I know, I know, another old church. But this one was commissioned by Queen Matilda herself! William the Conqueror’s wife, and a formidable woman in her own right of course. Not only that but she was also buried in this fortress of a holy place making it hallowed ground on which I very much wished to walk.
I can see the grounds and the magnificent building in my minds eye even if I cannot find my photos of the place. The spires reached towards the sky climbing to dizzying heights while the high ceilings and cool stone walls inside made for a calming, if a bit ostentatious, atmosphere. There is something about walking through an old stone church and running your hands along the always slightly damp-feeling walls which makes one contemplate who else might have once walked a similar path, or rested a feverish forehead against these same stones in prayer. I know I for one feel my breath begin to slow the moment I step under the archway into these places – the air hangs heavy with both time and incense, inviting me to quiet reflexion. It really is a most beautiful experience.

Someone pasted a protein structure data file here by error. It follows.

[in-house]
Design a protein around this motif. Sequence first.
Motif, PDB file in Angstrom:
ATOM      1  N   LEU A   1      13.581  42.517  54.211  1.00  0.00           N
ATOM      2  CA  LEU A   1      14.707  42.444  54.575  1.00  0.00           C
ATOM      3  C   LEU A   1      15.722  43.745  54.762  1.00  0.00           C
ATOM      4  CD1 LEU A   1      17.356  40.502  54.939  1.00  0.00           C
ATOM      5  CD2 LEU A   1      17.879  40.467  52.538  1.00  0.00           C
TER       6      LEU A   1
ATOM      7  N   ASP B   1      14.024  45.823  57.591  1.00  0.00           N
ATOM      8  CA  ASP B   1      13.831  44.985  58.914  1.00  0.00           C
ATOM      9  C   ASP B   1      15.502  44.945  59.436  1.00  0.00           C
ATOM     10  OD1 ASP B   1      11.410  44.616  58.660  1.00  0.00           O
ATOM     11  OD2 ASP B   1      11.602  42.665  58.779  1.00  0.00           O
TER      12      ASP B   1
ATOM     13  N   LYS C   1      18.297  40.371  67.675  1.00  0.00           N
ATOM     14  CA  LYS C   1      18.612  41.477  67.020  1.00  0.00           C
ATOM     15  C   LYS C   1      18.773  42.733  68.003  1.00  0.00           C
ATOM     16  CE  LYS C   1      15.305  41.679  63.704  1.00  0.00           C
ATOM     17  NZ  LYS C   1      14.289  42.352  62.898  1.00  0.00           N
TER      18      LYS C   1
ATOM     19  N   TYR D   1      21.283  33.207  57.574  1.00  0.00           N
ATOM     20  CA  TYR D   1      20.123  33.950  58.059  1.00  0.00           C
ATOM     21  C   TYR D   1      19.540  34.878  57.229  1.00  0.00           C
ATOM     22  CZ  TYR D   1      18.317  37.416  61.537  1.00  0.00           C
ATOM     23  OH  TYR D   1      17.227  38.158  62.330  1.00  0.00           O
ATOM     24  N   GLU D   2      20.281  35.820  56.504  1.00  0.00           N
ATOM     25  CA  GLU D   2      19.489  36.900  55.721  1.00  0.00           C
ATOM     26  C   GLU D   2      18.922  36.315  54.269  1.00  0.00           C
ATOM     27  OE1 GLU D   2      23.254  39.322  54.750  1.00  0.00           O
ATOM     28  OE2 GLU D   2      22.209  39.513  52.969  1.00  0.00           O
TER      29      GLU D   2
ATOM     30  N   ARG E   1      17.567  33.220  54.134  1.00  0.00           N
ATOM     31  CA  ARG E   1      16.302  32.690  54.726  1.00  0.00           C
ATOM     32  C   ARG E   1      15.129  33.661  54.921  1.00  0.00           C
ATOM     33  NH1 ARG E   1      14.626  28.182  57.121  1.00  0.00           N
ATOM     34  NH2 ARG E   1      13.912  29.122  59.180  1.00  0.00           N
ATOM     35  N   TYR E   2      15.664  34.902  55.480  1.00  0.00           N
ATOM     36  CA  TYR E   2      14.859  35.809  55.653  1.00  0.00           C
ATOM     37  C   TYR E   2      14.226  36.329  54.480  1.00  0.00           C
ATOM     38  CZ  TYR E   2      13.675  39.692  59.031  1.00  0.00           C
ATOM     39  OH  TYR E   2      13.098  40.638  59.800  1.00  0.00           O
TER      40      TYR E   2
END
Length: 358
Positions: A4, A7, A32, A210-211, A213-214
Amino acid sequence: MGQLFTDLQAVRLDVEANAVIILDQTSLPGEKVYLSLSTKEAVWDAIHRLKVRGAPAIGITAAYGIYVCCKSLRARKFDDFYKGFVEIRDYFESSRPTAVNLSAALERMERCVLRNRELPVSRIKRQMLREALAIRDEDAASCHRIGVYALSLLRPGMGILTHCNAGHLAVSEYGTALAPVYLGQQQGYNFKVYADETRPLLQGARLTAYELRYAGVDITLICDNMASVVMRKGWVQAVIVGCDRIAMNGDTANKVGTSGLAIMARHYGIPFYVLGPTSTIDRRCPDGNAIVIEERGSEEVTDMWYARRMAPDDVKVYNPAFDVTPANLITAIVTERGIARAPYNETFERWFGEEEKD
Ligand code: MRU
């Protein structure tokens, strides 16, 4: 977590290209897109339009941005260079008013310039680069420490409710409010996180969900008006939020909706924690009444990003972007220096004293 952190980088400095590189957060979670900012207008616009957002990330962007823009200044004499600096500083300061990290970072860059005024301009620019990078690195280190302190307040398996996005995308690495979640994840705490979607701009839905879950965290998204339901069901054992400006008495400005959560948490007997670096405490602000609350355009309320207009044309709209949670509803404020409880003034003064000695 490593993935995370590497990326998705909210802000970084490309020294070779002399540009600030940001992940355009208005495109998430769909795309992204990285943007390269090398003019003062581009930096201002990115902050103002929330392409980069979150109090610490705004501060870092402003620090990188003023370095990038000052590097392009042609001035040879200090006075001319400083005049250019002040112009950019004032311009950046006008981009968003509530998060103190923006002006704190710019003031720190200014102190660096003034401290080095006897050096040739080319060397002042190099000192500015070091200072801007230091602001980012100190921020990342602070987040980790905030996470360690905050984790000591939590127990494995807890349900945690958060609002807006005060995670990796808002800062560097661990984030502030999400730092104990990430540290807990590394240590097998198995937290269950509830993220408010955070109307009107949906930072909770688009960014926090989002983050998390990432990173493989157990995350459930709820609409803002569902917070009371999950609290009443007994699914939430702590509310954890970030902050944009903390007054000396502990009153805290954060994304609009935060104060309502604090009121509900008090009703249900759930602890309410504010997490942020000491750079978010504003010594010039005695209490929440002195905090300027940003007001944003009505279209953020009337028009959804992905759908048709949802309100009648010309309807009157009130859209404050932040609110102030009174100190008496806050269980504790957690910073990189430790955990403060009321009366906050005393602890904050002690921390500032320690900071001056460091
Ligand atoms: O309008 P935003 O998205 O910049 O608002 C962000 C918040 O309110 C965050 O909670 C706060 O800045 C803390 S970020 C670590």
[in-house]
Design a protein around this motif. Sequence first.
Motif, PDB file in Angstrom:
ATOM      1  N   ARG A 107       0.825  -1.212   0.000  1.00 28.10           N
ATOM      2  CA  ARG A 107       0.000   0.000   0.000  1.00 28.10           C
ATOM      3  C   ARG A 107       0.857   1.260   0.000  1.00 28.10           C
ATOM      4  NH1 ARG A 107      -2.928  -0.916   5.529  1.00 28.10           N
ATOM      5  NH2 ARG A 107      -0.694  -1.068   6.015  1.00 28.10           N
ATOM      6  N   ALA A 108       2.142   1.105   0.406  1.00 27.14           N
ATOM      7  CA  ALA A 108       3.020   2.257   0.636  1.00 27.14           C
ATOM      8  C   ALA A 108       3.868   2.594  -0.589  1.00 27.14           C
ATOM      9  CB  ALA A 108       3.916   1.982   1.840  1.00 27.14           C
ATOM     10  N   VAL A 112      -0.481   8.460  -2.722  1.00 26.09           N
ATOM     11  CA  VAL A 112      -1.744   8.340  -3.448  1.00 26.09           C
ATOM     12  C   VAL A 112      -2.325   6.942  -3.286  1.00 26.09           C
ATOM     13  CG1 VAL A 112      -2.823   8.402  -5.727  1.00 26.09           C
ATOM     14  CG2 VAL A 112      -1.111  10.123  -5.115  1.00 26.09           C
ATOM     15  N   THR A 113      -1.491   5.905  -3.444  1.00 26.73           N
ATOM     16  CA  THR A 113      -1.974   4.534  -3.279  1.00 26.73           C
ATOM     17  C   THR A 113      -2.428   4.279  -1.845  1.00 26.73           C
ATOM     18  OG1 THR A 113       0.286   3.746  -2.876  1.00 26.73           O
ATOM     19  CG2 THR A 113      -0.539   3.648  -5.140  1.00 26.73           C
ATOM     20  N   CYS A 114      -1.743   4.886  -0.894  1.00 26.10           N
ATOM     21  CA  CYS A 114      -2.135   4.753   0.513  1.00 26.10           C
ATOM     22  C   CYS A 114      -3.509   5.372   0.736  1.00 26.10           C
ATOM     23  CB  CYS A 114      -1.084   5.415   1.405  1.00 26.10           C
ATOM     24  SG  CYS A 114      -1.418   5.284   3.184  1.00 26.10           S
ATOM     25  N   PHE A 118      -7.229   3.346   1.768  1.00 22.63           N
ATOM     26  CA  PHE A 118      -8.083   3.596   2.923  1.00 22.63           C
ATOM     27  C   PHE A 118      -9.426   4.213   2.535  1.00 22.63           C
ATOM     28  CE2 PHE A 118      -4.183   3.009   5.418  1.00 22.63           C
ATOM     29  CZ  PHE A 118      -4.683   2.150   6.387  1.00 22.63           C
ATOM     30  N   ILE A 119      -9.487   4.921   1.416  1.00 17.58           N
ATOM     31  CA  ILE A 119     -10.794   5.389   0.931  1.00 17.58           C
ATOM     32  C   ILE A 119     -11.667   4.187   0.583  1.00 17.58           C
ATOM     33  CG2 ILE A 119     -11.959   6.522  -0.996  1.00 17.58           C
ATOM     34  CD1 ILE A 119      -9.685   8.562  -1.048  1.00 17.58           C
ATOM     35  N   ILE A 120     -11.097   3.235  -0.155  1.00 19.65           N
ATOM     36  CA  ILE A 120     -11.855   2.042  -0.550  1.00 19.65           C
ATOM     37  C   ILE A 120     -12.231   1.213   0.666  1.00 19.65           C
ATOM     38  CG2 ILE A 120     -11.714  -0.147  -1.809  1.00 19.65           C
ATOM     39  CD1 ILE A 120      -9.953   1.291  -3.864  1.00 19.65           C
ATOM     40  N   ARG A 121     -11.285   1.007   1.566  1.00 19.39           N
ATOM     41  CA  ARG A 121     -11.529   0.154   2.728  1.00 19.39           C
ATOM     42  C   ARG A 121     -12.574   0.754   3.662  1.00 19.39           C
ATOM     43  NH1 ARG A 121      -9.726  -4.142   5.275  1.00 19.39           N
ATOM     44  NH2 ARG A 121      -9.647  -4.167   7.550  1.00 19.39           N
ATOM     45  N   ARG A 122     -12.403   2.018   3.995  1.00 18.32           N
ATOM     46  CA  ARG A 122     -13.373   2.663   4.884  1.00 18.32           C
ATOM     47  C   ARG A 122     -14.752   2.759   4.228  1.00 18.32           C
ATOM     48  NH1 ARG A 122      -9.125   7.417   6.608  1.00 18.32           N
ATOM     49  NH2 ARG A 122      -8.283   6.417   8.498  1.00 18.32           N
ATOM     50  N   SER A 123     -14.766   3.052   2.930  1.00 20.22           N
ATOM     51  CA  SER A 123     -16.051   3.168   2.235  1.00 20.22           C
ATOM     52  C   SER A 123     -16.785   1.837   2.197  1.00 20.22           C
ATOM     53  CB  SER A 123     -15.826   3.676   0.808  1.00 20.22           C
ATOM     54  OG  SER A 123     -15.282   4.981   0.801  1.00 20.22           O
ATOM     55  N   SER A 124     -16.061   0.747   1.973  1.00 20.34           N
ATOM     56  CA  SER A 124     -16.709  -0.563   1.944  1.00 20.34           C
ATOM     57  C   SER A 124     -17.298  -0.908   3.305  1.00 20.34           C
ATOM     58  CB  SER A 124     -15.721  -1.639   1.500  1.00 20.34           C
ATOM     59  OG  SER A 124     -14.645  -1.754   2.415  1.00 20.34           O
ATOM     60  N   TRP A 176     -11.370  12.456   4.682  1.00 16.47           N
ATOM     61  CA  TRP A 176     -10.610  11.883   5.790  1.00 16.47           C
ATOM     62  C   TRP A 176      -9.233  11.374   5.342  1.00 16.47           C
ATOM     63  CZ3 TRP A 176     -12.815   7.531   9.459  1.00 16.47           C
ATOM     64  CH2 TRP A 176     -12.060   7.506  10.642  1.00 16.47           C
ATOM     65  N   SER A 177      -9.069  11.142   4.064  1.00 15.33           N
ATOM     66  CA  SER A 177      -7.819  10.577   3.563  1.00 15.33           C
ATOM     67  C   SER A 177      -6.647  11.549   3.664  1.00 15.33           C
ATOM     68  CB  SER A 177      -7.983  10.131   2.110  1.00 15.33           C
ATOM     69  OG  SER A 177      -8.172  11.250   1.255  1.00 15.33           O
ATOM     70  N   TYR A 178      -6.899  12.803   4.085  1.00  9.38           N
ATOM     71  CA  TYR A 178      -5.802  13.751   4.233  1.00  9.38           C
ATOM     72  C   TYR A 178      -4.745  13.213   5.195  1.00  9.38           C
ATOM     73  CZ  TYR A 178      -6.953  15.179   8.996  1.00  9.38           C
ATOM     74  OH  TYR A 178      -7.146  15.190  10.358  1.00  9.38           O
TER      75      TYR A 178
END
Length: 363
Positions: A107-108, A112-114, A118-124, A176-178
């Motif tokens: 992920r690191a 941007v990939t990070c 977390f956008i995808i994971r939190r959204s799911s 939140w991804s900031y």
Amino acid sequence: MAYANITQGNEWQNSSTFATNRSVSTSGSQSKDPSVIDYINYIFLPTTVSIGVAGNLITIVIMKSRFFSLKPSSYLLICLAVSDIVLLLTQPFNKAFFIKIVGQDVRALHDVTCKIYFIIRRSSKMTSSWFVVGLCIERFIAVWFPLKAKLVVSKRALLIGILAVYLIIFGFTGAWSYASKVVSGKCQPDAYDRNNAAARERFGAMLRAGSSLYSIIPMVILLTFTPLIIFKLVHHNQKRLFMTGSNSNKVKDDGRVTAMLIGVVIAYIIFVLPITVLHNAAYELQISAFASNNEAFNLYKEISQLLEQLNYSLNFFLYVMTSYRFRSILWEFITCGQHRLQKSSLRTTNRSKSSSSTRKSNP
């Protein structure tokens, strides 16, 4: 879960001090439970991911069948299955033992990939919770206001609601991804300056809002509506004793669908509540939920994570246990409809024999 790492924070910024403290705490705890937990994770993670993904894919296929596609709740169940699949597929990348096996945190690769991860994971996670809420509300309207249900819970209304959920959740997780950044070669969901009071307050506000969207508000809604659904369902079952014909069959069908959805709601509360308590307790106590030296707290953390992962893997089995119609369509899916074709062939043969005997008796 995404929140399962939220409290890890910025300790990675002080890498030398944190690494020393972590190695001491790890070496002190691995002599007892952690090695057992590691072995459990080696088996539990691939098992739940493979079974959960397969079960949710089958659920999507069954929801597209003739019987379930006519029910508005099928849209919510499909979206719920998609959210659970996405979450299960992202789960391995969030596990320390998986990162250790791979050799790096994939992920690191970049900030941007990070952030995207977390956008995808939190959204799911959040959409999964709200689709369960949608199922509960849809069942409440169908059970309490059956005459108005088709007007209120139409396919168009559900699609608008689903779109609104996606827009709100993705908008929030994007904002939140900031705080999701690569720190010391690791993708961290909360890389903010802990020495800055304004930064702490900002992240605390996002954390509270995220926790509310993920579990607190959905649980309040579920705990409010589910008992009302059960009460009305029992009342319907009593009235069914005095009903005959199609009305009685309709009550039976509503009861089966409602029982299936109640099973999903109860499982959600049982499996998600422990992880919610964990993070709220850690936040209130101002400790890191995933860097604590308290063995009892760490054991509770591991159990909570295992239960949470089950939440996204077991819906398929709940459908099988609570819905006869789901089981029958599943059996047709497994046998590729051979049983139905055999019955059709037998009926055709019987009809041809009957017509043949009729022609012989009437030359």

Tearing ourselves away from this place of rest, we made our way over to a building that would prove to be, quite literally, the complete opposite: the castle. Walking across the bridge towards the towering walls of stone, we could only imagine how intimidating this would have looked close to 1000 years ago when barely any of the city as we saw it existed. Majestic and awe- or dread-inspiring, I would bet, depending on the reason for your visit.
As we got closer to the impressively tall walls, I couldn’t help but notice the damage they had sustained at some point in time. Now, some of it may have been age…granted. Much of the castle was afterall over a thousand years old. But it didn’t look like that to me. It looked somehow more sinister…deliberate. I tried to shake these thoughts and focus instead on the visit ahead but they remained foremost in my mind throughout our exploration – and with good reason, I would soon learn.